Dick Price at Divorce and Family Law in Tarrant County had this great post. He points out some key points that most divorcing parents forget. First of all, you are parents. And for the best interest of the children, these five points must be considered. While emotions are high for the divorcing parents. Don’t forget that the children also are going through the divorce and as parents, everything must be done to help them through it. And, lets not forget that until the children reach at least the age of 18, you and your ex-spouse will have to work together to raise the children to adulthood.
The following is a brief list of 5 ‘Don’ts’ and a ‘Do’ that may help avoid such situations.
1. Don’t ask the children to decide. In the heat of family disagreements, it may seem simple or fair to just let the children decide where they want to live, or what visitation schedule they want to follow, etc.; parents may feel that’s like having a neutral person make the decision. Unfortunately, that puts a lot of pressure on the children and sets them up for guilt feelings and/or angry parents.
2. Don’t disparage the other parent or his/her family. This can be by direct comments made to a child or it can be done indirectly, such as comments made to others, but overheard by a child. It can also include body language and gestures that indicate disapproval or other bad opinions of the other parent. A child will likely take such actions or words as an attack on him or her.
3. Don’t argue around the kids. Disagreements are normal, even in well-functioning, intact families. Discussions and arguments between adults should take place just between adults, if at all possible. The kids don’t need to be drawn in or manipulated by the situations.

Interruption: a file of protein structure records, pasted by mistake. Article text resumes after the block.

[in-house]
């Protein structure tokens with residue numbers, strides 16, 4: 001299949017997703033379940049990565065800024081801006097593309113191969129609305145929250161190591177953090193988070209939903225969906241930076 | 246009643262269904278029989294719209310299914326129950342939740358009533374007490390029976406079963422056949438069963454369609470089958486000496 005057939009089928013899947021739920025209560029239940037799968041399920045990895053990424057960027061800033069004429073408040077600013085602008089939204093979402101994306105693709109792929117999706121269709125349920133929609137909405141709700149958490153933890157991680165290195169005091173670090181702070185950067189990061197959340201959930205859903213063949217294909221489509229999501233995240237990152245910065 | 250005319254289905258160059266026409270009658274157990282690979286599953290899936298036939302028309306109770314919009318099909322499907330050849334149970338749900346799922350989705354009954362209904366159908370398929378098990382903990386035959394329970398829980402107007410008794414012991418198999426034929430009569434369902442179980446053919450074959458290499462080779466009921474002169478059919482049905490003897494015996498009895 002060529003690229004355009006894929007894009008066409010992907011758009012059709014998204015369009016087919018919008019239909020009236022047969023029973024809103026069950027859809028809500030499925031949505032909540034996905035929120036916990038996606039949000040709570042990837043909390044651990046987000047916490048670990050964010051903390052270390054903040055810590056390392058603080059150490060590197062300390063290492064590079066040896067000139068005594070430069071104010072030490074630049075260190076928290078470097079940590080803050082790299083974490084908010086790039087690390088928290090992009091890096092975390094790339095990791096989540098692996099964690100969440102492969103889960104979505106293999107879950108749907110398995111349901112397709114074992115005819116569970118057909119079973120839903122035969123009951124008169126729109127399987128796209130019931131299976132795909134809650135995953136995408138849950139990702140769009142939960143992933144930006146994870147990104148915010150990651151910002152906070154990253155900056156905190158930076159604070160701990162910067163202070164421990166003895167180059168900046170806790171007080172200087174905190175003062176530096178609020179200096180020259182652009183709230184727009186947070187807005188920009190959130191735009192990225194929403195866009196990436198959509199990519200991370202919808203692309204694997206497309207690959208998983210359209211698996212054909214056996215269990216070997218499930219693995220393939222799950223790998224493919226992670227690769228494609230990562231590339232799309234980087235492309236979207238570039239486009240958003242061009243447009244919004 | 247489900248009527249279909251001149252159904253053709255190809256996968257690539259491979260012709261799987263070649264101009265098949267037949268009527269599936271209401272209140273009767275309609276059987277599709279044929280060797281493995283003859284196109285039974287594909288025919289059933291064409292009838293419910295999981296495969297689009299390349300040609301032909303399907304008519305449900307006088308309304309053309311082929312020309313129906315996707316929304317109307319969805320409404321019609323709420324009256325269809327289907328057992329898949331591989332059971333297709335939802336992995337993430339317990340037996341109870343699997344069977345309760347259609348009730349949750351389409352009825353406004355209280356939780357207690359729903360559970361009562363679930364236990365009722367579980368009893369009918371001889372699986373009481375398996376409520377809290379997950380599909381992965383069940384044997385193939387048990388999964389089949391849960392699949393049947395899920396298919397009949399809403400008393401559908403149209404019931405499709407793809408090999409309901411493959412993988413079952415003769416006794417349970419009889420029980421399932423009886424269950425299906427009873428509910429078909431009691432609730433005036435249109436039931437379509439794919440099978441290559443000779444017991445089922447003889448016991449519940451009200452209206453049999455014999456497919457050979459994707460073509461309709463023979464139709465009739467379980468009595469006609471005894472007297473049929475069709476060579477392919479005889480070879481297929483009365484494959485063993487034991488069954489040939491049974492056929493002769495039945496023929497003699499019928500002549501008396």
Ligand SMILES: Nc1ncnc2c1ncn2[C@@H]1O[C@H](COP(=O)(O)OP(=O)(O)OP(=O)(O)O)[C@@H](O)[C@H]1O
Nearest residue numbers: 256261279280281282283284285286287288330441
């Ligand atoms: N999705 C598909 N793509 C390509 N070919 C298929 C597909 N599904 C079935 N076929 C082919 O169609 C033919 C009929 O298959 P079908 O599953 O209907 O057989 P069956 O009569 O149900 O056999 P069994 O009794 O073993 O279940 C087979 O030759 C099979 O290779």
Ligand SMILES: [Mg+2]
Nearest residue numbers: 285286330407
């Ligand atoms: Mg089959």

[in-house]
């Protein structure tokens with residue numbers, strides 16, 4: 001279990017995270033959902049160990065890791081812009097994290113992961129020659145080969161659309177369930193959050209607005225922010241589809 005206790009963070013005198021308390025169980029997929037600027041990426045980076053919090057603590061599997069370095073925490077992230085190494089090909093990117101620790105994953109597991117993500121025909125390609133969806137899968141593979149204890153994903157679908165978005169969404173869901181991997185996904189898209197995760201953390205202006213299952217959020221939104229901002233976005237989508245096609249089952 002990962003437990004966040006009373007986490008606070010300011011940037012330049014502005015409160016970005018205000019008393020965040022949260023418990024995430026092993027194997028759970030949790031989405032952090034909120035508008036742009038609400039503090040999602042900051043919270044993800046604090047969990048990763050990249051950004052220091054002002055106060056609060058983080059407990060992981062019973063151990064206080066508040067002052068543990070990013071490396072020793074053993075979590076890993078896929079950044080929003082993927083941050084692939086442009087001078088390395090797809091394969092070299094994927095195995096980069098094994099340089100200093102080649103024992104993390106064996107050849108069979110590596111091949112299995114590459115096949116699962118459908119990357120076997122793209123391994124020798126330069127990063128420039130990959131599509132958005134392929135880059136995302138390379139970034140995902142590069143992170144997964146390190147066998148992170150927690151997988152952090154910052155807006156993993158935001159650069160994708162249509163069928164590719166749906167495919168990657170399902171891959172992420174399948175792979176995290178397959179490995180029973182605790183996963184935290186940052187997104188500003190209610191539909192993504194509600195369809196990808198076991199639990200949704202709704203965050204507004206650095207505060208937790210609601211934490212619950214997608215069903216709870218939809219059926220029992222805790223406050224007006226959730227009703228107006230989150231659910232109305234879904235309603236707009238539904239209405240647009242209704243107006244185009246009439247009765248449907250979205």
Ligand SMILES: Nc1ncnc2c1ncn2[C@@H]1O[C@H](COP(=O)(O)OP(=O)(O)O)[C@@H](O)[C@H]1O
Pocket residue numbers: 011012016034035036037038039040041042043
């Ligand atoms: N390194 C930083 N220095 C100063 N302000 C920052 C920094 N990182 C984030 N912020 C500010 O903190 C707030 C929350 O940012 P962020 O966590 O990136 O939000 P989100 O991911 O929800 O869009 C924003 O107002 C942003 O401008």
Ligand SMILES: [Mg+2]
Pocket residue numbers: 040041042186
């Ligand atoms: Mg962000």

4. Don’t ask the children about the other parent. It’s not necessary for you to know everything that goes on when your children are with the other parent. Children will often tell about things they enjoyed or about big events, good or bad. Children don’t like being grilled about what happens when they visit their other parent.
5. Don’t use the children as messengers. If you want to send a message to the other parent, talk directly by phone or in person, send a letter or send an email. Kids aren’t always dependable anyway. And if you send a message by the children and then the other parent reacts badly when the message is delivered, the children are likely going to feel that they caused the problem.
Finally, something you can Do:
Do take a co-parenting class, preferably with the other parent. There are several good classes available in this area in person and even on line. I recommend the ‘in-person’ class because you can learn more and get specific questions answered.
If you can avoid the temptation to put your children in the middle of adult disputes, your children will be happier and you should have better relationships with them (and maybe the other parent as well). If both parents will take a co-parenting class, all of this advice may be unnecessary!"